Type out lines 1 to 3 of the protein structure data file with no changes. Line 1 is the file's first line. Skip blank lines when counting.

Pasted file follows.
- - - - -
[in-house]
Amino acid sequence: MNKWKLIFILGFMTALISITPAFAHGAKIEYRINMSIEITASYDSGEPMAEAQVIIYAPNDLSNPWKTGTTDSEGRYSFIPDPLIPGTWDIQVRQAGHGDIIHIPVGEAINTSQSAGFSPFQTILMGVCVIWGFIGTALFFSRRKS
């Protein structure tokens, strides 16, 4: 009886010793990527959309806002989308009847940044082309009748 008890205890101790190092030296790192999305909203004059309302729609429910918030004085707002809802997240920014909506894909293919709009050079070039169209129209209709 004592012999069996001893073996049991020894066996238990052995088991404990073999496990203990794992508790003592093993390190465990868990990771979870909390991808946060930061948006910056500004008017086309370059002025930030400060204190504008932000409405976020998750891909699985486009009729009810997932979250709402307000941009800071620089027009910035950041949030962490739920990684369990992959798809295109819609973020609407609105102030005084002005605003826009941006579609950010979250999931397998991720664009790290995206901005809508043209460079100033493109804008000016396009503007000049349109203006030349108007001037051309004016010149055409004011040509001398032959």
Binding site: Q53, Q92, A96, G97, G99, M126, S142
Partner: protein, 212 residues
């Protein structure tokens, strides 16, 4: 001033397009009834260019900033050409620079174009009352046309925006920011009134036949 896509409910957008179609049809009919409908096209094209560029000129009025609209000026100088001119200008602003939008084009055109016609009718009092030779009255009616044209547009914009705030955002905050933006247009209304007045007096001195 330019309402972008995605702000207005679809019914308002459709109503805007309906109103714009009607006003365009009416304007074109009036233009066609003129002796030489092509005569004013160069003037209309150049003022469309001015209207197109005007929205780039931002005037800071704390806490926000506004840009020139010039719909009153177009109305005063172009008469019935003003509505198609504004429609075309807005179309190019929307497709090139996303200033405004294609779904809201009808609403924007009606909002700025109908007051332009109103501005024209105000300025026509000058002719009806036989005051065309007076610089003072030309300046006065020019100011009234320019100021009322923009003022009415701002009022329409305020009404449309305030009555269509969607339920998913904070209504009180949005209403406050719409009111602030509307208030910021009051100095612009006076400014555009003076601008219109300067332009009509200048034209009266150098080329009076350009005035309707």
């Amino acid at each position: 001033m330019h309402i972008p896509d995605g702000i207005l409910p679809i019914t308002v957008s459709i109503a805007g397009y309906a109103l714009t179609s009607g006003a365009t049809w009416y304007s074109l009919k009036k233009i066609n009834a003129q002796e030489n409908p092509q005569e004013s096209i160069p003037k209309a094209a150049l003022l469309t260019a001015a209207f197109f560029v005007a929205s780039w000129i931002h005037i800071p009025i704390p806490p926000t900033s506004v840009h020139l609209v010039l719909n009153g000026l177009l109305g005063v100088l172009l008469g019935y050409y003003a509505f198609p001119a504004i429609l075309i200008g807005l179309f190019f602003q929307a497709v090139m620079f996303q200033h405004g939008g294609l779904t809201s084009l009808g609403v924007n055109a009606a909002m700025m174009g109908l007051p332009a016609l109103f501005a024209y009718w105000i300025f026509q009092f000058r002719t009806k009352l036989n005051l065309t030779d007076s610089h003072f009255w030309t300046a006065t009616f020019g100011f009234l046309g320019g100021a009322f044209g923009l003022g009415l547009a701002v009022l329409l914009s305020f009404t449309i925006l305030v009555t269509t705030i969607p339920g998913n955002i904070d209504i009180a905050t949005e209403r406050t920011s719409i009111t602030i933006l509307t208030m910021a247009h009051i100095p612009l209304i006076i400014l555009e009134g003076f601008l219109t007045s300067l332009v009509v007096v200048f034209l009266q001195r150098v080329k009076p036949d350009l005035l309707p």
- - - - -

[in-house]
Amino acid sequence: MNKWKLIFILGFMTALISITPAFAHGAKIEYRINMSIEITASYDSGEPMAEAQVIIYAPNDLSNPWKTGTTDSEGRYSFIPDPLIPGTWDIQVRQAGHGDIIHIPVGEAINTSQSAGFSPFQTILMGVCVIWGFIGTALFFSRRKS
């Protein structure tokens, strides 16, 4: 009886010793990527959309806002989308009847940044082309009748 008890205890101790190092030296790192999305909203004059309302729609429910918030004085707002809802997240920014909506894909293919709009050079070039169209129209209709 004592012999069996001893073996049991020894066996238990052995088991404990073999496990203990794992508790003592093993390190465990868990990771979870909390991808946060930061948006910056500004008017086309370059002025930030400060204190504008932000409405976020998750891909699985486009009729009810997932979250709402307000941009800071620089027009910035950041949030962490739920990684369990992959798809295109819609973020609407609105102030005084002005605003826009941006579609950010979250999931397998991720664009790290995206901005809508043209460079100033493109804008000016396009503007000049349109203006030349108007001037051309004016010149055409004011040509001398032959």